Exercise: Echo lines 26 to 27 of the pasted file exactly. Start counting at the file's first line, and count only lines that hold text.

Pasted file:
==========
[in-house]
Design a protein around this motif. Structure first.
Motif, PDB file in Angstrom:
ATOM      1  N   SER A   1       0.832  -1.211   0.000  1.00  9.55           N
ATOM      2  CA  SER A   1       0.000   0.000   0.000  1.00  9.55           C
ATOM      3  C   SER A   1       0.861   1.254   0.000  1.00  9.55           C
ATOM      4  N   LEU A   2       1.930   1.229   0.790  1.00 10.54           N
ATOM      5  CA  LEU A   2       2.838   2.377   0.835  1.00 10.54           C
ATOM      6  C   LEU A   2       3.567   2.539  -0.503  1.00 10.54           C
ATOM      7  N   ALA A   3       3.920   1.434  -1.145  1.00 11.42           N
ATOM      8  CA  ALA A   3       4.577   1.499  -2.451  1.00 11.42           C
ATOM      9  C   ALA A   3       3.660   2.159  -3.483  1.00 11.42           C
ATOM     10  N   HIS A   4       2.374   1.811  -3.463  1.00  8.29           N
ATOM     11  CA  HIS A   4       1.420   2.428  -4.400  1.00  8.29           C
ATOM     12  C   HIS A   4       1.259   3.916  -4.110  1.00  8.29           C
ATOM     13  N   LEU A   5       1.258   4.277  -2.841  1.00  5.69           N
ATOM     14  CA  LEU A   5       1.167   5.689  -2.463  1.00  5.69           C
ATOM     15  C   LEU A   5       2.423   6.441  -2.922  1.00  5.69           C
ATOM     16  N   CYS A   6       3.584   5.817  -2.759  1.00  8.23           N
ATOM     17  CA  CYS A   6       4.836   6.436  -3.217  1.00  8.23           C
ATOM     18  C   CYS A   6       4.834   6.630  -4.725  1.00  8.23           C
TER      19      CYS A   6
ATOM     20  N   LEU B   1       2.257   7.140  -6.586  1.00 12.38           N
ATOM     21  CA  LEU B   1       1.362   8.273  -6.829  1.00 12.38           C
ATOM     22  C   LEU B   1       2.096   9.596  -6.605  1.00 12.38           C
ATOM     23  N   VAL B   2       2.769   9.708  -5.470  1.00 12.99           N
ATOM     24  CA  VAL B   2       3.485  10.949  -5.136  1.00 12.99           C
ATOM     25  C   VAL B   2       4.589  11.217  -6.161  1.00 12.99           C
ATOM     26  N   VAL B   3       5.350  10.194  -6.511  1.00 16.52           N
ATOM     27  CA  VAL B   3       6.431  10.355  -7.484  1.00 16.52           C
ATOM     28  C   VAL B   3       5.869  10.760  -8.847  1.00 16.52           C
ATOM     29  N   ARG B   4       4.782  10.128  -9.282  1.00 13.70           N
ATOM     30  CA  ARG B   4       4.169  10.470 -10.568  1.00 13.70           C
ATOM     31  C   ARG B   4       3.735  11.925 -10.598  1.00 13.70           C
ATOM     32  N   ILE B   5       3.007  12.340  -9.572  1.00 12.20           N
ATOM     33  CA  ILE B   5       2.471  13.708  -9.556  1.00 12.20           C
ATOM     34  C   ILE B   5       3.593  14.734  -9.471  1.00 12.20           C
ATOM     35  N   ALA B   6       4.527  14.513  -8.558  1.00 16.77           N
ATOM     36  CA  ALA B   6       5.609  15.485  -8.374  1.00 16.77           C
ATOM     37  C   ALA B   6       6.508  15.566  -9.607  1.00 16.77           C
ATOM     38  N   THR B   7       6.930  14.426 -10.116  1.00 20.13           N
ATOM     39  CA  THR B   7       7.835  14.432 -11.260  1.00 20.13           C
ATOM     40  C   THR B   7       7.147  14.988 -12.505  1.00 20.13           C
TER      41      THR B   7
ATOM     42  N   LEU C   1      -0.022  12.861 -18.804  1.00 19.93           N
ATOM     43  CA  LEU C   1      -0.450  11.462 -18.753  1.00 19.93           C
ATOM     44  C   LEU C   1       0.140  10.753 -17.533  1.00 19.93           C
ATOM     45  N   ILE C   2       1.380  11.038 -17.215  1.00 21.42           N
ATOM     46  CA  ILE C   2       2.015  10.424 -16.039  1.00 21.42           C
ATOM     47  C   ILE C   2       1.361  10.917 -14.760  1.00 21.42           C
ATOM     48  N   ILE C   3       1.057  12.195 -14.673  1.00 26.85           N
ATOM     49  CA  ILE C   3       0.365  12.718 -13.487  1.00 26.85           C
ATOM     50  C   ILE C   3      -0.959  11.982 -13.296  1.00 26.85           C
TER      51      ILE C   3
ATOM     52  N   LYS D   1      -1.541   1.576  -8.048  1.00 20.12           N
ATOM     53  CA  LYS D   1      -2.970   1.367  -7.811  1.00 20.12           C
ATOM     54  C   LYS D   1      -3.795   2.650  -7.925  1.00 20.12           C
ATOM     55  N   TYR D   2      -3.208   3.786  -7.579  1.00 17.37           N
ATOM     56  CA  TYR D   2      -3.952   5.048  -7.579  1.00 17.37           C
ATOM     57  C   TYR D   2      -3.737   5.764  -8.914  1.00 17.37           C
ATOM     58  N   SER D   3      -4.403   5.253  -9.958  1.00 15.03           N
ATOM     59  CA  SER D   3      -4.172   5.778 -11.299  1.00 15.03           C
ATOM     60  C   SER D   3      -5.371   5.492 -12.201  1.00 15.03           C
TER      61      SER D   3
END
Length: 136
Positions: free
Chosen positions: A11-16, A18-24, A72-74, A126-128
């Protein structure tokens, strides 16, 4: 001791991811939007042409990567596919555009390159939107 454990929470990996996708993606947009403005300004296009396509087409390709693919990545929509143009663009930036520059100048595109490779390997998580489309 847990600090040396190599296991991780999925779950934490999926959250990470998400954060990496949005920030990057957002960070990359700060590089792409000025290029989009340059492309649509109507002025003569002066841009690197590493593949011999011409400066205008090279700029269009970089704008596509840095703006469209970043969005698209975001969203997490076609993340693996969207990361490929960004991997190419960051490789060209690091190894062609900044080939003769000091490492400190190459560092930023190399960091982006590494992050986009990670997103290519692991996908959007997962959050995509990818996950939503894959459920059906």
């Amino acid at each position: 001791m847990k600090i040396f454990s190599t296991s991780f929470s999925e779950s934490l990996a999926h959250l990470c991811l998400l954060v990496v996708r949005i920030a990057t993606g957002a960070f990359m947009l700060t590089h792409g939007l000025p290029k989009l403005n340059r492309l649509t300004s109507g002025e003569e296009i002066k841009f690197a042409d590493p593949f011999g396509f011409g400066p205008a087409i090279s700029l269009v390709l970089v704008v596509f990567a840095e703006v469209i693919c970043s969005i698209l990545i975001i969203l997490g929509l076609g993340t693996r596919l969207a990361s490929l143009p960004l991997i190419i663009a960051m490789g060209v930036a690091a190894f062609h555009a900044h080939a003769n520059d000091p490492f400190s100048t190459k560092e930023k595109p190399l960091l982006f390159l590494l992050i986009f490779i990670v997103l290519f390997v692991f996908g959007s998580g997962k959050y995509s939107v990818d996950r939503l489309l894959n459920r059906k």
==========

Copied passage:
ATOM     23  N   VAL B   2       2.769   9.708  -5.470  1.00 12.99           N
ATOM     24  CA  VAL B   2       3.485  10.949  -5.136  1.00 12.99           C